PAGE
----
or, Who Says You Can't Go Home
By now, it’s a tale as time-tested and true as any – ambitious youth, starry-eyed and dreaming of something big, leaves the small town for the Big City. Lo and behold, he’s got what it takes, succeeding beyond even his own considerable ambitions. But the lure of home and family remains strong, and when life’s circumstances again draw him back to his roots, he finds himself more at home than he ever thought he could be.
Not a bad story, right? Shoot, it could even make a great Hollywood movie. If only there were someone nearby with experience in such matters…
Ryan Craig doesn’t exude Hollywood flash, and he’s not quick to gloat about the people he’s met, the places he’s been, or the movies he’s made. Although he certainly could.
Instead, to encounter Ryan these days often entails a trip to the Brewstation, where in addition to bartending he often holds court on one of his other favorite topics – sports – and flashes his winning smile at customers who can’t help but smile back.
He probably can’t quite believe it himself, but it’s been close to 25 years since Ryan left his hometown of Cottage Grove to move to L.A. and work in the film industry. Since then, he’s directed for television; he’s also written, produced and co-starred in a feature film that he sold to Lions Gate, which became his springboard to a 13-year writing deal at Warner Brothers.
His first picture happened at home, actually, featuring Cottage Grove police officers and locations around town. This early work caught the attention of one Tom Cruise, then in Eugene to make a film called “Without Limits.” An offer to make films with a much bigger budget soon followed.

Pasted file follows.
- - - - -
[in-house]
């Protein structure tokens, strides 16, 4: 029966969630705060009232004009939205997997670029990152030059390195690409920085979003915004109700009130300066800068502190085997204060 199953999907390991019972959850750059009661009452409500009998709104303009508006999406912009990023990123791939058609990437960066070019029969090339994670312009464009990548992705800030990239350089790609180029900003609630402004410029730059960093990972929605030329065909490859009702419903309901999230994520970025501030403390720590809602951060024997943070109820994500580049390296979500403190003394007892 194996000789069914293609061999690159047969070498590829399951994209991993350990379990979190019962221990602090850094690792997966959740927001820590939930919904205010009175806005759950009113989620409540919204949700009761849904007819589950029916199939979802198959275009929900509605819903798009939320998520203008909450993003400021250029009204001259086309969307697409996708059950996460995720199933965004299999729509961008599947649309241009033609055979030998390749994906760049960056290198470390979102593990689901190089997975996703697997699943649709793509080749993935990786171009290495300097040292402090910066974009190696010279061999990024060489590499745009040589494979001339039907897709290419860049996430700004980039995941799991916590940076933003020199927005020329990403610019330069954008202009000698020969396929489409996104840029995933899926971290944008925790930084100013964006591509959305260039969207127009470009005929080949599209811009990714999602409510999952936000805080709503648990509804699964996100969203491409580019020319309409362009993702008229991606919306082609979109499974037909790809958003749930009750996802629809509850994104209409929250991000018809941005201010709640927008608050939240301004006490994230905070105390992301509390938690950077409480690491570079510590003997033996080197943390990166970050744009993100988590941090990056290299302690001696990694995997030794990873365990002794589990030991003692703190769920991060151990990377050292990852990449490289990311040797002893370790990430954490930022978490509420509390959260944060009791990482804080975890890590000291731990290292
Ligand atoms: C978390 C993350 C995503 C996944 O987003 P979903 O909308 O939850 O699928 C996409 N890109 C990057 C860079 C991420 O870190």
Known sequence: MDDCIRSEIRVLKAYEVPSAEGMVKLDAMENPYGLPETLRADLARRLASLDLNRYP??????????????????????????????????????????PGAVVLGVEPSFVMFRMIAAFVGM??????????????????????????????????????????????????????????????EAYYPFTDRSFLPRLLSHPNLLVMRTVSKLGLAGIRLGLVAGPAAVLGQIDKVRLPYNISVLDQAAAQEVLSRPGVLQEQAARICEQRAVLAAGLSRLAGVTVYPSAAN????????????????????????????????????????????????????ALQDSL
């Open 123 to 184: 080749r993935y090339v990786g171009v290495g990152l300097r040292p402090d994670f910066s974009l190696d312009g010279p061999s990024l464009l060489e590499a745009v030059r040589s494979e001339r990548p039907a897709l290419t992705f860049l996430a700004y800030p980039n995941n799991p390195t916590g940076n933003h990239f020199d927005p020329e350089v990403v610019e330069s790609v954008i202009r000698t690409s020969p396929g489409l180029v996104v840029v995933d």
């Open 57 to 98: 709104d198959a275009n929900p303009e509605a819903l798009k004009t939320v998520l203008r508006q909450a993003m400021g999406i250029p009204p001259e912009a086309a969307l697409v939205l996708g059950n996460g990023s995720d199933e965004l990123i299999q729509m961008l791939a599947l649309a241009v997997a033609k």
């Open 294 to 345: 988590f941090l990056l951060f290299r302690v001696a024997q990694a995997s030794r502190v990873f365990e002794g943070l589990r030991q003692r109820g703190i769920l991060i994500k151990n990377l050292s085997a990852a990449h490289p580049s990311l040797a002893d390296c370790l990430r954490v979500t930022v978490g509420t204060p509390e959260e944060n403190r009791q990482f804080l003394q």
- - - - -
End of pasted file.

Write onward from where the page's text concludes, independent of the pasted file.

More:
“That was literally my film school,” he said. “A few years later, I’m in LA going full-tilt.”
He’d be away for 22 years. But as has been the case with many of us, the Covid lockdown changed his industry forever, and a writer’s strike pretty much slowed things to a standstill. So when the need to come home and tend to some family business arose, Ryan found himself a secluded cabin, and he found himself back in Oregon.
“I thought coming back here would be a culture shock,” he said. “But Cottage Grove has changed so much, and with more access to the outside world, it doesn’t feel as small here anymore. I love it – there’s no stress. I’m getting to reconnect with a community I haven’t been part of since the 90s. I’m seeing old high school friends, and the parents and grandparents of my friends. There are also lots of new people who have moved here for different reasons, and that’s really cool too.”
Ryan also found that a high school friend had started a business that had carved out quite a niche in town.
“I found out Emily had started a bar here,” he says of our owner. “There was never much to do in town when I was here, so to come home and have a really cool place to visit when I’d visit my folks was really positive. And to see what she’s done 10 years later…I was impressed, and I wanted to be part of it.”
And so it came to be that, when he’s not holed up in his cabin writing a mystery novel that he’s decidedly mysterious about, Ryan can be found pulling pints and chewing the fat with our beloved regular customers.
“To be part of something that a friend has put her heart and soul into, that’s something I can be proud to be part of,” he said. “I love the way Emily and Dale let their employees’ personalities show. There’s no dress code. People can come be who they are; it really builds people’s confidence, gives them the freedom to be themselves.”
So at this point, is Ryan shocked at how things turned out? Maybe not.
“There’s always been part of me that knew I’d be back,” he said.